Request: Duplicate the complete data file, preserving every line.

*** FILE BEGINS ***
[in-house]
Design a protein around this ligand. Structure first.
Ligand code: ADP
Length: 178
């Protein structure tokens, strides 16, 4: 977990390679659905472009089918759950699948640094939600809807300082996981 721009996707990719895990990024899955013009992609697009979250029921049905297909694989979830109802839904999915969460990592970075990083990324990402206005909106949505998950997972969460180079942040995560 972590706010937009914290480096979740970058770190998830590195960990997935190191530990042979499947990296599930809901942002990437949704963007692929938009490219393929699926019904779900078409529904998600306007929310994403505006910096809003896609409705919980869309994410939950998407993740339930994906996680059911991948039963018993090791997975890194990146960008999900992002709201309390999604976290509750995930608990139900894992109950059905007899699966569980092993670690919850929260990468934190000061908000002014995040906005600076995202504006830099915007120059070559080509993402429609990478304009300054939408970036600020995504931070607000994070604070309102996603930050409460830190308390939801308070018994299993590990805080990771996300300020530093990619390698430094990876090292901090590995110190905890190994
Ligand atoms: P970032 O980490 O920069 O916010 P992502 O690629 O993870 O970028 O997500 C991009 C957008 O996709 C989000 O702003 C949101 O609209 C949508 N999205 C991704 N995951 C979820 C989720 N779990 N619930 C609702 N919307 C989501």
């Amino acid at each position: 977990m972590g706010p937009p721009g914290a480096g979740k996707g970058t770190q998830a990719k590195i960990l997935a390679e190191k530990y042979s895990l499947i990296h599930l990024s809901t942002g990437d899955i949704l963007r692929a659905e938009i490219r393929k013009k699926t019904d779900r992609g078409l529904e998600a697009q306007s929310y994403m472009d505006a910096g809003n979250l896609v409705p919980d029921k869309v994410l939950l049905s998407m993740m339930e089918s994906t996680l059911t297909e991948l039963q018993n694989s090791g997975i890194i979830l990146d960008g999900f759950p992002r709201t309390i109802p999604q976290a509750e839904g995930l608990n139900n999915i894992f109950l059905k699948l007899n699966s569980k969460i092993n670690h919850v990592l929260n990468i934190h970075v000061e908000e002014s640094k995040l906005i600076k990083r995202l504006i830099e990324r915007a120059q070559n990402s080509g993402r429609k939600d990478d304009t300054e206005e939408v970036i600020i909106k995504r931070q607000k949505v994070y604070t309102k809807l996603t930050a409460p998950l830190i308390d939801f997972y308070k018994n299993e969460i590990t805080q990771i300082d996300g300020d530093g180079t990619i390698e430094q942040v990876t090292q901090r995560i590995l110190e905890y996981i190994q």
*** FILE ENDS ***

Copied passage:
[in-house]
Design a protein around this ligand. Structure first.
Ligand code: ADP
Length: 178
């Protein structure tokens, strides 16, 4: 977990390679659905472009089918759950699948640094939600809807300082996981 721009996707990719895990990024899955013009992609697009979250029921049905297909694989979830109802839904999915969460990592970075990083990324990402206005909106949505998950997972969460180079942040995560 972590706010937009914290480096979740970058770190998830590195960990997935190191530990042979499947990296599930809901942002990437949704963007692929938009490219393929699926019904779900078409529904998600306007929310994403505006910096809003896609409705919980869309994410939950998407993740339930994906996680059911991948039963018993090791997975890194990146960008999900992002709201309390999604976290509750995930608990139900894992109950059905007899699966569980092993670690919850929260990468934190000061908000002014995040906005600076995202504006830099915007120059070559080509993402429609990478304009300054939408970036600020995504931070607000994070604070309102996603930050409460830190308390939801308070018994299993590990805080990771996300300020530093990619390698430094990876090292901090590995110190905890190994
Ligand atoms: P970032 O980490 O920069 O916010 P992502 O690629 O993870 O970028 O997500 C991009 C957008 O996709 C989000 O702003 C949101 O609209 C949508 N999205 C991704 N995951 C979820 C989720 N779990 N619930 C609702 N919307 C989501």
């Amino acid at each position: 977990m972590g706010p937009p721009g914290a480096g979740k996707g970058t770190q998830a990719k590195i960990l997935a390679e190191k530990y042979s895990l499947i990296h599930l990024s809901t942002g990437d899955i949704l963007r692929a659905e938009i490219r393929k013009k699926t019904d779900r992609g078409l529904e998600a697009q306007s929310y994403m472009d505006a910096g809003n979250l896609v409705p919980d029921k869309v994410l939950l049905s998407m993740m339930e089918s994906t996680l059911t297909e991948l039963q018993n694989s090791g997975i890194i979830l990146d960008g999900f759950p992002r709201t309390i109802p999604q976290a509750e839904g995930l608990n139900n999915i894992f109950l059905k699948l007899n699966s569980k969460i092993n670690h919850v990592l929260n990468i934190h970075v000061e908000e002014s640094k995040l906005i600076k990083r995202l504006i830099e990324r915007a120059q070559n990402s080509g993402r429609k939600d990478d304009t300054e206005e939408v970036i600020i909106k995504r931070q607000k949505v994070y604070t309102k809807l996603t930050a409460p998950l830190i308390d939801f997972y308070k018994n299993e969460i590990t805080q990771i300082d996300g300020d530093g180079t990619i390698e430094q942040v990876t090292q901090r995560i590995l110190e905890y996981i190994q």